Censoring Jon Hamm’s Penis Doesn’t Violate Copyright Law, Federal Judge Rules


Jon Hamm's penis as it appeared on HuffPost (left) and Jon Hamm's penis as it appeared on New York City streets (right), both of which were featured in a new court ruling about digital copyright protections. (Image: HuffPost/Lawrence Schwartzwald)

What does Jon Hamm’s penis have to do with internet freedom and the future of memes? Quite a lot, believe it or not, following a new court ruling in New York.

A federal judge in the Southern District of New York ruled on Thursday that digital news outlet HuffPost didn’t violate copyright law when it published a photo of Jon Hamm with a black box digitally inserted over his dick in a 2014 listicle titled, “25 Things You Wish You Hadn’t Learned in 2013 and Must Forget in 2014.” HuffPost, which is owned by a company called Oath, was sued by Lawrence Schwartzwald, a New York-based photographer who captured the original image and claimed that HuffPost infringed on his copyright.

The photographer described the photo in his lawsuit as one that “illustrates what Jon Hamm looks like wearing trousers in public while he walks down the street, ostensibly without any underwear.” The original photo showed a rather pronounced outline of Hamm’s genitals, an area of great interest among fashion and lifestyle news outlets.

The ruling by U.S. District Judge Ronnie Abrams, first reported by Zoe Tillman of BuzzFeed News, notes that lawyers for HuffPost argued that publishing their version of the photo was perfectly legal because it was “transformative.” HuffPost’s version contained a superimposed text box, photo caption, and a title, which together “fundamentally transformed the character and purpose of the [photograph’s] use.”

Judge Abrams agreed, pointing out that the joke worked on multiple levels. From the ruling:

Unlike the original Photograph, which Plaintiff claims had the objective purpose of “illustrat[ing] what Jon Hamm looks like wearing trousers in public while he walks down the street, ostensibly without any underwear,” Oath’s use of the Photograph served the dual purpose of mocking both Hamm and those who found the Photograph newsworthy in the first instance. The text box with the words “IMAGE LOADING” in all caps — a play on words that alludes to both the nature of digital technology and the body part at issue — suggests that Oath is making fun of Hamm, not merely “illustrating” his appearance.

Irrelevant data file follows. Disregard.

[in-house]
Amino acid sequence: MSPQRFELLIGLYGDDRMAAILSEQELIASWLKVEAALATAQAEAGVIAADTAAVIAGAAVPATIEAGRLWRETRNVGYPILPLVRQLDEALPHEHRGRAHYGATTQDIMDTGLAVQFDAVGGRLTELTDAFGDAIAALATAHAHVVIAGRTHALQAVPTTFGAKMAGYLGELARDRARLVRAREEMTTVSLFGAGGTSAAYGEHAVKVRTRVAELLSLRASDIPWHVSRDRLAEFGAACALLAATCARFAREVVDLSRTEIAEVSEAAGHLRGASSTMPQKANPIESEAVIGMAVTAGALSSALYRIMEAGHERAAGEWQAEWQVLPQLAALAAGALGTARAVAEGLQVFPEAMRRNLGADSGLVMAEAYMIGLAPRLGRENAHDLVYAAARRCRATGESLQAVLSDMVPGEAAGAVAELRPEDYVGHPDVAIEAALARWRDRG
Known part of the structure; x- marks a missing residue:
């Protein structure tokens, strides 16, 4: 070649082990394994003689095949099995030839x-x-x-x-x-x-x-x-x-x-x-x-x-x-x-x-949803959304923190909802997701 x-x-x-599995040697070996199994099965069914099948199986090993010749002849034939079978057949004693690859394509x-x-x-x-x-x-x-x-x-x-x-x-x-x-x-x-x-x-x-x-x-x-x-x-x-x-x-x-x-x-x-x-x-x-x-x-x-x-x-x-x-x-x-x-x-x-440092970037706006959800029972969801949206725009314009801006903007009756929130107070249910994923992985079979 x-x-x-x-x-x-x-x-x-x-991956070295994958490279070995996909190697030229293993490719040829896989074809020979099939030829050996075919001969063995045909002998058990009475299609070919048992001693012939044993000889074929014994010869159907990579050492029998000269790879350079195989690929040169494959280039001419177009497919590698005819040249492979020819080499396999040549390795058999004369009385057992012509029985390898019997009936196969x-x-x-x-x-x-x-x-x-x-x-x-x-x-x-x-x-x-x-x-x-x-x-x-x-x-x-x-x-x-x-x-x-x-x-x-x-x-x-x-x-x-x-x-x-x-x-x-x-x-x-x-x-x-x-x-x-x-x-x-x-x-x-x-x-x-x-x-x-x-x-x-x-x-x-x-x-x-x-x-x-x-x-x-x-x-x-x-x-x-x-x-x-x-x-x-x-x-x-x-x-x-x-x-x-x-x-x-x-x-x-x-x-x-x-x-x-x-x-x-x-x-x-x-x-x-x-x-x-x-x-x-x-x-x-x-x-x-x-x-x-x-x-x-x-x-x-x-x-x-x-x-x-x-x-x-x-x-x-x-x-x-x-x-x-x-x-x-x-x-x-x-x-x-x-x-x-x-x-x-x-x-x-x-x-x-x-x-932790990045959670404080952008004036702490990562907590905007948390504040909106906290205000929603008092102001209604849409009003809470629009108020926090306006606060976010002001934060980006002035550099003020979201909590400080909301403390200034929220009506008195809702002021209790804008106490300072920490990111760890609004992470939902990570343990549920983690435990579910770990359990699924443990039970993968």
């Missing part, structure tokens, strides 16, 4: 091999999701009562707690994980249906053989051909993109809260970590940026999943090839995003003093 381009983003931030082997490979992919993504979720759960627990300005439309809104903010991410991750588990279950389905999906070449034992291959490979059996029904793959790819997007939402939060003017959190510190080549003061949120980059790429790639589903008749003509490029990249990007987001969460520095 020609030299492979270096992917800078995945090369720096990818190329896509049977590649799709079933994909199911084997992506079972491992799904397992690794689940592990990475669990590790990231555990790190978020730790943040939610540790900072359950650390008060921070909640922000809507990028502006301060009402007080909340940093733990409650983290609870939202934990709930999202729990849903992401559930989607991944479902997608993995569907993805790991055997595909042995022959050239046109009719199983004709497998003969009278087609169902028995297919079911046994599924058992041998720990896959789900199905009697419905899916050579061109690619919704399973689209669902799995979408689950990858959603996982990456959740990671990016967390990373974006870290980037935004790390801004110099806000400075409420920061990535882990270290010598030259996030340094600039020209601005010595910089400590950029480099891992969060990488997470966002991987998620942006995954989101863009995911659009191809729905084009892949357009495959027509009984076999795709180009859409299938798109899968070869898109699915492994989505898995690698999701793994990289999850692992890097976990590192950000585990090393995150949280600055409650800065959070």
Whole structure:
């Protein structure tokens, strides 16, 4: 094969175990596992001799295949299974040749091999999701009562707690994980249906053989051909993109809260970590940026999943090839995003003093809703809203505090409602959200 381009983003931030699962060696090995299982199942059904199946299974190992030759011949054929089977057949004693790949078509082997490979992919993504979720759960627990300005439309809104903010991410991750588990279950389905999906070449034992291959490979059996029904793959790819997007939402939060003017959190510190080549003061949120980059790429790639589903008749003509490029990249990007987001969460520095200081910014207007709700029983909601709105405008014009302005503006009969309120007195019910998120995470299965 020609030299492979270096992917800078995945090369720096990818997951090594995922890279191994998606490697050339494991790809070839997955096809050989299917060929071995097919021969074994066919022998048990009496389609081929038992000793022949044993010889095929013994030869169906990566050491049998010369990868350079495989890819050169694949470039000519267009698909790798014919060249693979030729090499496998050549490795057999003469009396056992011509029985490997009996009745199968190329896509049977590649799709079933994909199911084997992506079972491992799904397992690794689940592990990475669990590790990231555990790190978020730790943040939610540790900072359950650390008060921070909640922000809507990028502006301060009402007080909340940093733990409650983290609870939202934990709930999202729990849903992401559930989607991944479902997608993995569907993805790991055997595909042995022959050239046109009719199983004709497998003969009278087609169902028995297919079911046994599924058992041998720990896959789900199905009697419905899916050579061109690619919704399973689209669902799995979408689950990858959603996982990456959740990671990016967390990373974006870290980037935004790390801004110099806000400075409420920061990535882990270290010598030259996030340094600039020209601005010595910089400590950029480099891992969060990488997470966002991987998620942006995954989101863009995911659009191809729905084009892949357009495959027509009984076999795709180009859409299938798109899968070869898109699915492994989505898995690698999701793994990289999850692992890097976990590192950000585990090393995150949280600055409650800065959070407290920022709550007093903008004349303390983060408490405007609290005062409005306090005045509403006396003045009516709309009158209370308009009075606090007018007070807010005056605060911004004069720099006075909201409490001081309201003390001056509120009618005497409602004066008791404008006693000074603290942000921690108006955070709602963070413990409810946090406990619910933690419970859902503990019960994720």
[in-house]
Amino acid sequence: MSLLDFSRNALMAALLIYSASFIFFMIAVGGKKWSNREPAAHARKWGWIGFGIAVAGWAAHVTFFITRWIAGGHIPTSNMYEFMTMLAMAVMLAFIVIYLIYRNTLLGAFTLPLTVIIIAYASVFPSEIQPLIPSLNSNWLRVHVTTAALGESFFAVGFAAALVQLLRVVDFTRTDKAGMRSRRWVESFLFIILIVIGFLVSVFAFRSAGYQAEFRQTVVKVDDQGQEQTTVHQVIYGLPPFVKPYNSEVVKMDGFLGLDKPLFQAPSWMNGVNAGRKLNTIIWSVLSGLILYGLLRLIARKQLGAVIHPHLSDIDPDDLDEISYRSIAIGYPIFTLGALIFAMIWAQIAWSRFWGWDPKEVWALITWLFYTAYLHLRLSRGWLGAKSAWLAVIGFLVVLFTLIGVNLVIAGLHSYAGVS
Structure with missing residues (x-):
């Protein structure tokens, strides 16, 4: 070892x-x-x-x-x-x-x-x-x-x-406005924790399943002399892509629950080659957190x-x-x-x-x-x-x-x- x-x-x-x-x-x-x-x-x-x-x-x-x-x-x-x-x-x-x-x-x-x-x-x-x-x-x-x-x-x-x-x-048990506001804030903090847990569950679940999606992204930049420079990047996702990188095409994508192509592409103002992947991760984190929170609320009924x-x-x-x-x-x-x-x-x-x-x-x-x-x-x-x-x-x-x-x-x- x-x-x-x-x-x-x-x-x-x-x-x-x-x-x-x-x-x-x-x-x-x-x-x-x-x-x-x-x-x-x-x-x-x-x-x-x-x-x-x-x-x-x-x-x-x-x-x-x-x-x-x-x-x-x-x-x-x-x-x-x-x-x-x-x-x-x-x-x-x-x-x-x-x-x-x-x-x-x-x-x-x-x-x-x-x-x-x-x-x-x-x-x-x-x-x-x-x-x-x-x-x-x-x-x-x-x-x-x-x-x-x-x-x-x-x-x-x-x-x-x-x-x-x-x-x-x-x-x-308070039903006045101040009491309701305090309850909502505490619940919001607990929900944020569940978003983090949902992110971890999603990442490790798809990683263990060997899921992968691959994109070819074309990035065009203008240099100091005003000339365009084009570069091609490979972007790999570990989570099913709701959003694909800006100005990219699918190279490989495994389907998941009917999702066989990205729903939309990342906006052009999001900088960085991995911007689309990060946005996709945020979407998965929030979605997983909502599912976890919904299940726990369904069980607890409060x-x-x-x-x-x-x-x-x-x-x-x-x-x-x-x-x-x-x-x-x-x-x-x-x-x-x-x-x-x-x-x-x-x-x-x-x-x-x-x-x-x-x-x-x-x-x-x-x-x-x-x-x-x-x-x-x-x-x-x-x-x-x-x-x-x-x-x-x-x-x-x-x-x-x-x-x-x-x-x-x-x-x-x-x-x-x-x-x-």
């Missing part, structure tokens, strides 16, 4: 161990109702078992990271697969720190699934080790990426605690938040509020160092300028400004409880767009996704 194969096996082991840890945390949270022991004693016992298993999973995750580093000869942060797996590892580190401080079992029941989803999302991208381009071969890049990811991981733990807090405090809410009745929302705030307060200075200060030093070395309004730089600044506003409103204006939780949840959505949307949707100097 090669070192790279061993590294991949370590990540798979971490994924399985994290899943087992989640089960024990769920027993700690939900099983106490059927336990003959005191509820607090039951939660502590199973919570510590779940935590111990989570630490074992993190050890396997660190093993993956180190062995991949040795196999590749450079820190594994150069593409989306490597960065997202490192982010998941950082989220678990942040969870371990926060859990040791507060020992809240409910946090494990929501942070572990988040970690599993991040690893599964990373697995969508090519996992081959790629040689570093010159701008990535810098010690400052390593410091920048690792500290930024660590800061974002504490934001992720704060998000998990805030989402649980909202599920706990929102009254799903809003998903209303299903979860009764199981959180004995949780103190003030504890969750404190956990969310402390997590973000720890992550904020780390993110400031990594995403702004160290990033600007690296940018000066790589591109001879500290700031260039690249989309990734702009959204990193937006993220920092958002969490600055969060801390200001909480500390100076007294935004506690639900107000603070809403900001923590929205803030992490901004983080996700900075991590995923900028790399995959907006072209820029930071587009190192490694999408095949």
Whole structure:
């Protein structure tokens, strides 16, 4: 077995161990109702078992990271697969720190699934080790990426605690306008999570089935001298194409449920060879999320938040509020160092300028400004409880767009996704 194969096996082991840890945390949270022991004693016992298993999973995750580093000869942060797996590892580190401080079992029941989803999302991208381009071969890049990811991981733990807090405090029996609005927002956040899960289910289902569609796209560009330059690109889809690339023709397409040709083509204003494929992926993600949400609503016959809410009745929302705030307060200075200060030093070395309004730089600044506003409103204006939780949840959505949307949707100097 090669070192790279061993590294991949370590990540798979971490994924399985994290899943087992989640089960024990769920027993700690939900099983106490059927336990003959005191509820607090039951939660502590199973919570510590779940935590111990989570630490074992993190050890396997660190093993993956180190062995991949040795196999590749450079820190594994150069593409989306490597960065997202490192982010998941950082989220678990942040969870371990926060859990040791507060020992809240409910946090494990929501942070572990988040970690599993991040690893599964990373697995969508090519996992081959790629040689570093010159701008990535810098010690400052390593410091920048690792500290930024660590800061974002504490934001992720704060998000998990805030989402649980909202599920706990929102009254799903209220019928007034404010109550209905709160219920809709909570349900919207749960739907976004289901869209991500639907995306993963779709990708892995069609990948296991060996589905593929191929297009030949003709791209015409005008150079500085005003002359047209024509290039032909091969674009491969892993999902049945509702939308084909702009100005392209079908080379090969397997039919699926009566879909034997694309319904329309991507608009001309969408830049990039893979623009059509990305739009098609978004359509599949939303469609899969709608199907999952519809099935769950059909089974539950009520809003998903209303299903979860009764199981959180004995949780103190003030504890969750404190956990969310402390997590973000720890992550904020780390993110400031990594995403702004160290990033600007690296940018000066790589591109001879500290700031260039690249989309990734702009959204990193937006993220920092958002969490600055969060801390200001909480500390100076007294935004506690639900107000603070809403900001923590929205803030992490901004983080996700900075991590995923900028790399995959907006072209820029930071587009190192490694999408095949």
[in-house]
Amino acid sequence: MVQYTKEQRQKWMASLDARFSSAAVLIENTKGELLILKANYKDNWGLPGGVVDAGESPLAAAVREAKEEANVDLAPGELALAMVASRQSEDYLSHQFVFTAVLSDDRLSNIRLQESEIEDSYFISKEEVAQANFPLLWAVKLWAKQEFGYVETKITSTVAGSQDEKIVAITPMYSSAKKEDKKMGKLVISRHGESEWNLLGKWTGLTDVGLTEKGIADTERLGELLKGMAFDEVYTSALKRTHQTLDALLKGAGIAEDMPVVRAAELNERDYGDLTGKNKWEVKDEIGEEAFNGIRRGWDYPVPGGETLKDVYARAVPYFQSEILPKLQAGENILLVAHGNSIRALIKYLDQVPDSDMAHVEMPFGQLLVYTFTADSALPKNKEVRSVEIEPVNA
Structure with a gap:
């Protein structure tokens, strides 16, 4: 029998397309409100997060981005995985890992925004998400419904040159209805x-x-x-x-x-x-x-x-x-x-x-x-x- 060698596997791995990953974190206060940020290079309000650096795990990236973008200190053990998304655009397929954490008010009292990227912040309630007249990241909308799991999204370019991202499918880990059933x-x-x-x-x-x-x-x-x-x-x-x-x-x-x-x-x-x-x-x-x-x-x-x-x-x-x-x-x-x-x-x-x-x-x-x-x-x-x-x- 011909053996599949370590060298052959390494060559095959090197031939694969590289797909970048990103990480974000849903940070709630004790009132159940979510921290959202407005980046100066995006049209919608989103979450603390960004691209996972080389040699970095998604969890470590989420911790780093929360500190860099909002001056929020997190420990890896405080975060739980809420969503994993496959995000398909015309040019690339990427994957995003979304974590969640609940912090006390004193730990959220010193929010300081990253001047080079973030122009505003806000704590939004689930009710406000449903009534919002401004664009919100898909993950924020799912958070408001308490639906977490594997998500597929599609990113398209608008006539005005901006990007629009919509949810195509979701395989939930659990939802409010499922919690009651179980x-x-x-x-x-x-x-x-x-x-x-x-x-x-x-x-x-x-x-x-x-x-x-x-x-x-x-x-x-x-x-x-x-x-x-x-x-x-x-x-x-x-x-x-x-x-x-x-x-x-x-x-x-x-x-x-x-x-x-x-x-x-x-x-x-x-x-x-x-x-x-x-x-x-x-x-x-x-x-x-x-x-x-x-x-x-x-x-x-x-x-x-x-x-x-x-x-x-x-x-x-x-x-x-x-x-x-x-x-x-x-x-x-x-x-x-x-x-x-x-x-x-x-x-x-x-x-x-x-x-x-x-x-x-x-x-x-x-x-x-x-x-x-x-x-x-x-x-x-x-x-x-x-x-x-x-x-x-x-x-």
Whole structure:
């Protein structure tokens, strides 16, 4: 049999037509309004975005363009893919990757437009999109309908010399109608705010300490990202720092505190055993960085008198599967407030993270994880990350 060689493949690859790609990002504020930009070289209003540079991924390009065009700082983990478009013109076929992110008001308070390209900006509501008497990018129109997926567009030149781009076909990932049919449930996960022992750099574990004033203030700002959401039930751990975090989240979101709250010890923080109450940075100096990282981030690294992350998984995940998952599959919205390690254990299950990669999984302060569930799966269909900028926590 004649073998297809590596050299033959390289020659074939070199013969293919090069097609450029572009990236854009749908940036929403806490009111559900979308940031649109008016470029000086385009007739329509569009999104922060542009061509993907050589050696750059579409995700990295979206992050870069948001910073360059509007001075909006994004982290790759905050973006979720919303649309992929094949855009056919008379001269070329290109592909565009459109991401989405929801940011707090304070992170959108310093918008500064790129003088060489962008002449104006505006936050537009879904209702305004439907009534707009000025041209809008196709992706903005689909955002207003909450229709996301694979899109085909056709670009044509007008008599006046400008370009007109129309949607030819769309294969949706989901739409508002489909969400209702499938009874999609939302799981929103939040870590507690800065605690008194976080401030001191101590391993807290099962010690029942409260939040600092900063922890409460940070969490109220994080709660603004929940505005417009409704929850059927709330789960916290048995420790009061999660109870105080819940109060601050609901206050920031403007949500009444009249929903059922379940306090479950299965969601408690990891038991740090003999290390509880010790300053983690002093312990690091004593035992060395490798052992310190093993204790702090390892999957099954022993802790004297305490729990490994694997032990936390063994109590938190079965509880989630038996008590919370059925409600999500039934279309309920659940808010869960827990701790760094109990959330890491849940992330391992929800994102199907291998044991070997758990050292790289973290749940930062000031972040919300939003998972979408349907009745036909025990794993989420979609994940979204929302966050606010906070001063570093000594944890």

The idea of whether something is “transformative” is just one of the questions facing courts when digital content creators republish photos under a copyright exemption known as “fair use.” The judge also examined the argument that placing a black box over Hamm’s dick could’ve been protected under a fair use exemption for “parody,” but that line of reasoning was harder to justify, according to the ruling.

The HuffPost version of the photo was closer to a “reproduction” of the original than a “recreation or imitation,” according to the judge, meaning that it was much tougher to see the work as parody. But Judge Abrams ultimately ruled that the parody question didn’t matter because the photo with a black box was transformative using other criteria. Specifically, the judge notes that this case was exceptional in that it executed a joke by obscuring the very thing value that the photographer’s image was intended to provide: namely, a clear view of Jon Hamm’s dick.

From the ruling:

In sum, the Court finds Oath’s use of the Photograph was transformative because it used the Photograph in service of its dual goals of mocking both Hamm and those who fixate over such suggestive photos of him — a use distinct from that which Schwartzwald intended — and because Oath obscured the very portion of the Photograph that made it most valuable or unique in the first instance.

The ruling gave past examples of altered photos that would not qualify as being “transformative,” citing a time when Fox News and host Jeanine Pirro were sued by North Jersey Media Group for using a photo of the Twin Towers on 9/11 and simply adding the hashtag “#neverforget” over the image before posting it to Facebook in 2013. Fox News lost that case in 2015.

As Judge Abrams’s ruling explains:

In contrast to the derivative uses of the photographs in Graham and North Jersey Media Group, however, Oath did not simply add a border, hashtag, or make another minor alteration to the Photograph. Instead, as described above, it cropped approximately half of the image, superimposed a comedic text box over the key portion of the Photograph (Hamm’s groin area), placed a witty caption above the Photograph, and placed it within the context of a larger article about “viral” moments or trends.

The judge was able to sneak in a subtle dig at HuffPost in her ruling, noting that the listicle, listed multiple times as, “25 Things You Wish You Hadn’t Learned in 2013 and Must Forget in 2014,” may or may not qualify as “news,” but it doesn’t really matter either way.

What does Jon Hamm think of all this attention? The actor has previously told news outlets that he’s annoyed by the attention but admitted in 2013 that his natural endowment was “better than being called out for the opposite.”

A clearly transformative use of a copyrighted photograph that no one should sue us over (Image: Gizmodo/Lawrence Schwartzwald)

The lesson for all you meme-makers out there? Make sure your images are transformative and put a black box over those bulging packages. Otherwise, you’re going to be in big trouble with the copyright dicks.

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